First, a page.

According to the Harvard Business Review, data science is the hottest job of the 21st century. This is undoubtedly because "data is the new oil"; a phrase coined by Clive Humby after he used it to double the revenues of the Tesco supermarket chain. Tesco’s chairman is reported to have said: “What scares me about this is that you know more about my customers after three months than I know after 30 years."
That sums up the power of Big Data. Since then, data analytics has found applications in fields as diverse as telecommunications, healthcare, network security, insurance, finance, weather prediction and policing. We have only begun to discover all of its potential.
After years of steady growth, a survey by IBM predicted there would be 2,720,000 openings for data scientists in 2020. Coronavirus may have dented that prediction slightly, but as the economy picks back up, it will soon be an underestimate.
Competing digitally is now more important than ever, and that means there is a bigger post-lockdown role for artificial intelligence, machine learning, automation, predictive intelligence and personalized customer experience. That should be good news for data scientists, analysts and database managers - if you can find them.
There are new jobs in data science every day, but most of them are still vacant the following day - and the following month. Some are never filled, and the projects for which they were needed never come to fruition.
The dearth of specialized data scientists also inflates salaries. Many personnel enjoy salaries approaching $100,000, and some earn significantly more; chief data officer salaries often approach $180,000. As a result, even when companies successfully locate eligible talent, they often decide they cannot afford to build the team they wanted. An even more unfortunate turn of events is to make the investment, begin a valuable project and then fail to retain key talent.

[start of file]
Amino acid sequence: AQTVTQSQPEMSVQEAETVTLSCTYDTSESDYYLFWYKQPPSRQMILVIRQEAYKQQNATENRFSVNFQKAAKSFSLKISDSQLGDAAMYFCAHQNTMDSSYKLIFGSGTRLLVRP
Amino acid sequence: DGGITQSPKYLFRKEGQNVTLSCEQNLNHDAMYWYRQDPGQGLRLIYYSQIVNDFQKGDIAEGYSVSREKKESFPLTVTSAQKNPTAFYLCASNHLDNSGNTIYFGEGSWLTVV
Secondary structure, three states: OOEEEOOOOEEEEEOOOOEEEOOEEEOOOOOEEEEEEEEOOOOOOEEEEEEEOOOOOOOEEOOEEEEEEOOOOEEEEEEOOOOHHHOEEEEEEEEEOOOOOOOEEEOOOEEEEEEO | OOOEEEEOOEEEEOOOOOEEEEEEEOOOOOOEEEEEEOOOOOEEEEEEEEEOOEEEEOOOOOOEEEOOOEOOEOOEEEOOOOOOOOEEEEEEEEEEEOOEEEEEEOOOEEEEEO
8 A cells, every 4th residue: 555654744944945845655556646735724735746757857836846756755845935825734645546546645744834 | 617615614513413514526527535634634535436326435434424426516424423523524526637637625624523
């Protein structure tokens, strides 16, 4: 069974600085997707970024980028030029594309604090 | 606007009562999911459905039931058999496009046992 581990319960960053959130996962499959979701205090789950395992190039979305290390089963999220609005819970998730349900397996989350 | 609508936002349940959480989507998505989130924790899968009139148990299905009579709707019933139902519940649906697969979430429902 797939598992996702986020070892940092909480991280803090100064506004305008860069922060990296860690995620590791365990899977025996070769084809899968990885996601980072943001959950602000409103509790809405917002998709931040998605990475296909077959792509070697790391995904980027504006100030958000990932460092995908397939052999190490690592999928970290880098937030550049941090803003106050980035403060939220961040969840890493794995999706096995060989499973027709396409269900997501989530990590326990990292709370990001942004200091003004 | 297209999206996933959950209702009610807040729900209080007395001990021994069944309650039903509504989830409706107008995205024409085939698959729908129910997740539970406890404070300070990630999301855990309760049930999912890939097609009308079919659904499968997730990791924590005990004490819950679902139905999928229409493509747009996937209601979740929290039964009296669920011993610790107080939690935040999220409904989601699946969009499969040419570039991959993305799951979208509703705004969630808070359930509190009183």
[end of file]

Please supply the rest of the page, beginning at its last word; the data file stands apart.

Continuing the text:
Around one third of the vacancies for data scientists specifically ask for higher degrees, compared to around 6% in related roles like data analysts and system developers. Healthcare and retail sectors often struggle the most to fill vacancies, either because funds are tight or because candidates cannot see future prospects beyond the initial project.
Building and retaining your team
Throwing money at the problem is not the way to build a strong and loyal data science team. When you are first venturing into data science, it is often best to hire those with broad rather than specialized skills and supplement your in-house team with MLaaS and analytics products from Cloud platforms like Azure and AWS. Hone and expand your team later as your objectives and requirements become more detailed and ambitious. Building a winning data science team is often more about assembling the right mix of people at the beginning.
Tsvi Gal, CTO at Morgan Stanley, calls it a myth that data analytics is mechanical rather than creative work. He says “It’s not just that you run an algorithm and you follow it…. you need to look for patterns in the data that may or may not exist." Consequently, Morgan Stanley employs a significant number of people with arts backgrounds because they “can think in a different and more abstract way."
Employers are prone to overestimating the formal experience some team members will need. Statisticians do not always need to be strong coders. Data visualizers don’t necessarily need to be skilled analysts. Looking for people who are perfect in every facet of data science could mean a long wait and may end in disappointment. Understanding the information potential inside data is an aptitude rather than a qualification, and many of the required skills are transferable from other IT sectors.
Building a team, however, is a skill in itself. TheDataLogic team specializes in precisely this skill. We build lasting relationships with our candidates so we can provide the career path, prospects and stimulating challenges that engender their loyalty and creativity. Let our data science specialists build the perfect team for you. Please contact us now using the details below.
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